Three university researchers named 2011 MacArthur Fellows
Three U-M researchers — a historian, a chemist and a stem cell biologist — are among the 22 new MacArthur Fellows announced today by the John D. and Catherine T. MacArthur Foundation.
Each will receive $500,000 in “no strings attached” support over the next five years from the MacArthur Foundation.
This year’s U-M winners are:
• Tiya Miles, director of the Department of Afroamerican & African Studies, LSA. Miles is a public historian who is reframing and reinterpreting the history of our diverse nation in works that illuminate the complex interrelationships between the African and Cherokee peoples in colonial America. Her studies tease evidence from census records, legal petitions, missionary reports, newsprint and oral histories, and span territories east and west in the South, before and after the Trail of Tears (1838-1839) and up to the Civil War.
|Tiya Miles is director of the Department of Afroamerican & African Studies, LSA. (Courtesy of the John D. and Catherine T. MacArthur Foundation)|
|Melanie Sanford is Arthur F. Thurnau Professor of Chemistry, LSA. (Courtesy of the John D. and Catherine T. MacArthur Foundation)|
• Melanie Sanford, Arthur F. Thurnau Professor of Chemistry, LSA. Sanford is an organometallic chemist reigniting research on an important chemical pathway and developing a method to enable modification of complex molecules with important products we use every day. Her research focuses on using metal-based agents, primarily palladium, to catalyze reactions that substitute hydrogen in carbon-hydrogen bonds with other atoms or functional groups.
• Yukiko Yamashita, research assistant professor, U-M Life Sciences Institute; and assistant professor of cell and developmental biology, Medical School. The stem cell biologist is elucidating the process of stem cell division and its role in age-related decline in organ repair and in the onset of some cancers and other proliferative disorders. She studies the division of stem cells to establish which ones go on to replace differentiated cells and which ones maintain the pool of stem cells for future division.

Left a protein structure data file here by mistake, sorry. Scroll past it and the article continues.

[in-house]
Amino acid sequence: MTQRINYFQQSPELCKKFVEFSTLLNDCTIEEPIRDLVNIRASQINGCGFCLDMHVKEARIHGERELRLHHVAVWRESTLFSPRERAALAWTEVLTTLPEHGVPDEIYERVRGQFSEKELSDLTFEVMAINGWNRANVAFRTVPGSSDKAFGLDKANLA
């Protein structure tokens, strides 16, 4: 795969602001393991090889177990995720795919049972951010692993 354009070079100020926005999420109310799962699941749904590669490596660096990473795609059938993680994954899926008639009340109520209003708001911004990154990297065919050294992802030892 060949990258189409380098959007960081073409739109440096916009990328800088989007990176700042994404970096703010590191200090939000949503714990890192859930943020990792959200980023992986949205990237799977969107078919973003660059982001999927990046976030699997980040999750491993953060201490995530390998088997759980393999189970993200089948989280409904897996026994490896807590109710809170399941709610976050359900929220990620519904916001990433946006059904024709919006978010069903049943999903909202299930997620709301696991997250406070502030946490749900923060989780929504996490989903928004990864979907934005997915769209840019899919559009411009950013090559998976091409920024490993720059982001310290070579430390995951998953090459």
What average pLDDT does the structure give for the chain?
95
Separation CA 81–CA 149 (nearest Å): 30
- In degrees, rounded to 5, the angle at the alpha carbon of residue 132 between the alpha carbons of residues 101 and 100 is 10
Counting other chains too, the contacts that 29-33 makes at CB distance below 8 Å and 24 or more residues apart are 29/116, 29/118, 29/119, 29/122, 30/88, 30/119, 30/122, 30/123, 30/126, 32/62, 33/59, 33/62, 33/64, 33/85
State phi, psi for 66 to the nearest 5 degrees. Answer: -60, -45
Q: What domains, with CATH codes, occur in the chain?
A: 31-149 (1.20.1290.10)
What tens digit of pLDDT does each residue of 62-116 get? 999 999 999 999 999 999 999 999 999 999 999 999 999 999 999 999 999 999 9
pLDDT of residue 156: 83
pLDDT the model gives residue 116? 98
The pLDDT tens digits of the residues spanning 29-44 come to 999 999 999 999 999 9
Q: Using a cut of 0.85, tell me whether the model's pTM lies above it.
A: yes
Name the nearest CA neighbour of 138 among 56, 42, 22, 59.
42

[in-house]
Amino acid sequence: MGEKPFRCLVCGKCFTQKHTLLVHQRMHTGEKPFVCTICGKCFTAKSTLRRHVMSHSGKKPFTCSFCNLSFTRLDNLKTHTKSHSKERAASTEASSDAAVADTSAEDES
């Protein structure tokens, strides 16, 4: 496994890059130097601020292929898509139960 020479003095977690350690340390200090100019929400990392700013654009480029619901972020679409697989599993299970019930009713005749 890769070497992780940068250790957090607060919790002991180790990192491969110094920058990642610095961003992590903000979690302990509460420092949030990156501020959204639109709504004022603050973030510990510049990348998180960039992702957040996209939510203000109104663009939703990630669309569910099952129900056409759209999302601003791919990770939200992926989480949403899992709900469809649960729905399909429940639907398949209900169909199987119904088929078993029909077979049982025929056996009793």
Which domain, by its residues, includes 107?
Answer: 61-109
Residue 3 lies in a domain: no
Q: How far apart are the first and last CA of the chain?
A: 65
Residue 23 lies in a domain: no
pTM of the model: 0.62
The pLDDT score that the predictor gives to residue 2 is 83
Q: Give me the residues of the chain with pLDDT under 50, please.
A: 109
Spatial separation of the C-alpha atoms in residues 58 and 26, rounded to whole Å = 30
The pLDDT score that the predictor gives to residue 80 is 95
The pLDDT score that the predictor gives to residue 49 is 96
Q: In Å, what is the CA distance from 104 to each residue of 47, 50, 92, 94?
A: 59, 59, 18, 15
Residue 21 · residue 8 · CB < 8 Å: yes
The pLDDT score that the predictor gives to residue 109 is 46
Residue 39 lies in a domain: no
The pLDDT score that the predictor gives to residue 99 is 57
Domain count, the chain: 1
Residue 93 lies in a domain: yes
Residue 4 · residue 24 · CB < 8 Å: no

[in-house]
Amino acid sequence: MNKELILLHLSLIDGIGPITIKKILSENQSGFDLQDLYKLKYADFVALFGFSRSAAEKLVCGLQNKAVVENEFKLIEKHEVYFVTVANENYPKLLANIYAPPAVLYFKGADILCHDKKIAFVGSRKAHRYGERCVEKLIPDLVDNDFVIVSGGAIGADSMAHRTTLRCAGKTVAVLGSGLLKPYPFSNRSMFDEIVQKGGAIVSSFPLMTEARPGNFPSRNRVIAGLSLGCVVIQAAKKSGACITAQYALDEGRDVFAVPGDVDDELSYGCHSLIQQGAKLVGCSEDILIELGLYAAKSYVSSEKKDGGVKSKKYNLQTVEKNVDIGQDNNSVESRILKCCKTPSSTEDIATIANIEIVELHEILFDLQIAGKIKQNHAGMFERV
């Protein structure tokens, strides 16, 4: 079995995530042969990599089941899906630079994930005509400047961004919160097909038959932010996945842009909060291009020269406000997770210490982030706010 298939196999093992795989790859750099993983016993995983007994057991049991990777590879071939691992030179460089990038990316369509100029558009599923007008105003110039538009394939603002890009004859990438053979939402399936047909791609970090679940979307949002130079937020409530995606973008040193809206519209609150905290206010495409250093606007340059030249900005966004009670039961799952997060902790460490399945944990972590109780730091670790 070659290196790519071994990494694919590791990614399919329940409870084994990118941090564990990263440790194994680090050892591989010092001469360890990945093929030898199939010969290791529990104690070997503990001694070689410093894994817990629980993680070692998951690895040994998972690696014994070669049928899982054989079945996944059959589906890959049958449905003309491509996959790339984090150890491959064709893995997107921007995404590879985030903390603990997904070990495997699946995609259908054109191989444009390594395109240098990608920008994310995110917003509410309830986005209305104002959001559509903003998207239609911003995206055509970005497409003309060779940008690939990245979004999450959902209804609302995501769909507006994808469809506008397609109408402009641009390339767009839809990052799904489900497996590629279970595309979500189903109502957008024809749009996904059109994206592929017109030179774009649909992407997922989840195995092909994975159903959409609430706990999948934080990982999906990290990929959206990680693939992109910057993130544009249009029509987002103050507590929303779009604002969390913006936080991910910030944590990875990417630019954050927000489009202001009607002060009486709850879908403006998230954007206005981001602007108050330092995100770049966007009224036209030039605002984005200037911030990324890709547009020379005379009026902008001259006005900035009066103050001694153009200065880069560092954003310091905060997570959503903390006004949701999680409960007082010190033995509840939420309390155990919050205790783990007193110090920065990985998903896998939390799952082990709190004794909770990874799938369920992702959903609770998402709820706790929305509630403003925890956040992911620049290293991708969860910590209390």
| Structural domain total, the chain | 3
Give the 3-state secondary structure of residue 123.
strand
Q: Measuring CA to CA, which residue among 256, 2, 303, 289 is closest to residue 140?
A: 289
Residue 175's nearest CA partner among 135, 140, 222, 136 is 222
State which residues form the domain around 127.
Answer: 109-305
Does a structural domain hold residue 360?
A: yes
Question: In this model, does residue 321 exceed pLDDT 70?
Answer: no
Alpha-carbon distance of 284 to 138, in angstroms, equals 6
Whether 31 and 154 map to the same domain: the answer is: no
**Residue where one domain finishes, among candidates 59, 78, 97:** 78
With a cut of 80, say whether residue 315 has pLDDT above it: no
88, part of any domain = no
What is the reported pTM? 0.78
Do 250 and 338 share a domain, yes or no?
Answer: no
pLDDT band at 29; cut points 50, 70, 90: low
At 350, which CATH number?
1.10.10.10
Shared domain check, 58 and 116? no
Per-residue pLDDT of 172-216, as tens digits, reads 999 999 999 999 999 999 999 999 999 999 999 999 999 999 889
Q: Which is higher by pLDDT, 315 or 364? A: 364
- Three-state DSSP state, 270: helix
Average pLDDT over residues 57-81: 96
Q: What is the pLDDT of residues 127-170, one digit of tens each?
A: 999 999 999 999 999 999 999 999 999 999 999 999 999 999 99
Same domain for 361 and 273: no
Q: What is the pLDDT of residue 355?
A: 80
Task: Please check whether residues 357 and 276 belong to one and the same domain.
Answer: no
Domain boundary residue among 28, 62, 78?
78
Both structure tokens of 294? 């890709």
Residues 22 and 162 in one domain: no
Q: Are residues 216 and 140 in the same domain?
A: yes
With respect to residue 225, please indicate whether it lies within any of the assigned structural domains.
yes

“This is a remarkable day in the life of the University of Michigan,” said President Mary Sue Coleman. “The exceptional contributions of professors Tiya Miles, Melanie Sanford and Yukiko Yamashita deepen our understanding of life — from a single molecule to the sweep of human history.
|Yukiko Yamashita is research assistant professor, U-M Life Sciences Institute, and assistant professor of cell and developmental biology, Medical School. (Photo by Scott Soderberg, U-M Photo Services)|
“Their recognition by the MacArthur Foundation is powerful validation of their individual achievements, as well as the collective depth of the Michigan faculty," Coleman said. "I encourage the campus community to join me in congratulating these outstanding scholars.”
Yamashita, Miles and Sanford are among 24 U-M faculty members who have won the prestigious MacArthur award — often called the genius grant — since 1981. The university's last winners were in 2005.
U-M tied Harvard this year for the highest number of MacArthur Fellows from a single university. The other 19 fellows include an architect, a sports medicine researcher, a cellist, a radio producer, a neuropathologist, a conservator and a poet.
“I’m thrilled and delighted to congratulate professors Miles, Sanford, and Yamashita. In their work, each of them is making a significant contribution to our understanding of the world,” said Provost Phil Hanlon.
“The span of fields they represent is a testament to the breadth of intellectual interests on our campus,” Hanlon said. “We are pleased and proud to have them on our faculty and that they are being recognized by the MacArthur Foundation.”
The award gives the winners the freedom to explore new research interests.
“It’s a huge honor, and I really couldn’t believe it when they called with the news. Seriously, I thought it was quite impossible,” said Yamashita, who joined LSI in January 2007. “I feel now that I’ve got some freedom to try some out-of-the-blue-type ideas that probably would not receive funding through conventional research grants.”
Sanford said: “This will really allow me to pursue things that are very speculative but also really exciting new areas. What I’m hoping to be able to do is really expand my research in directions that I’ve been interested in for a while but that I haven’t had the funding to be able to pursue.”
Miles said the funding will help her advance a new project she started called ECO Girls, which is based in the Department of Afroamerican & African Studies. The mission of ECO Girls is to foster environmental awareness and stewardship, ecological literacy, cultural education, friendship building, self-confidence and leadership skills for elementary and middle school girls in the southeastern Michigan cities of Ann Arbor, Ypsilanti and Detroit.
“This funding from the MacArthur Foundation will allow the project to move forward,” Miles said.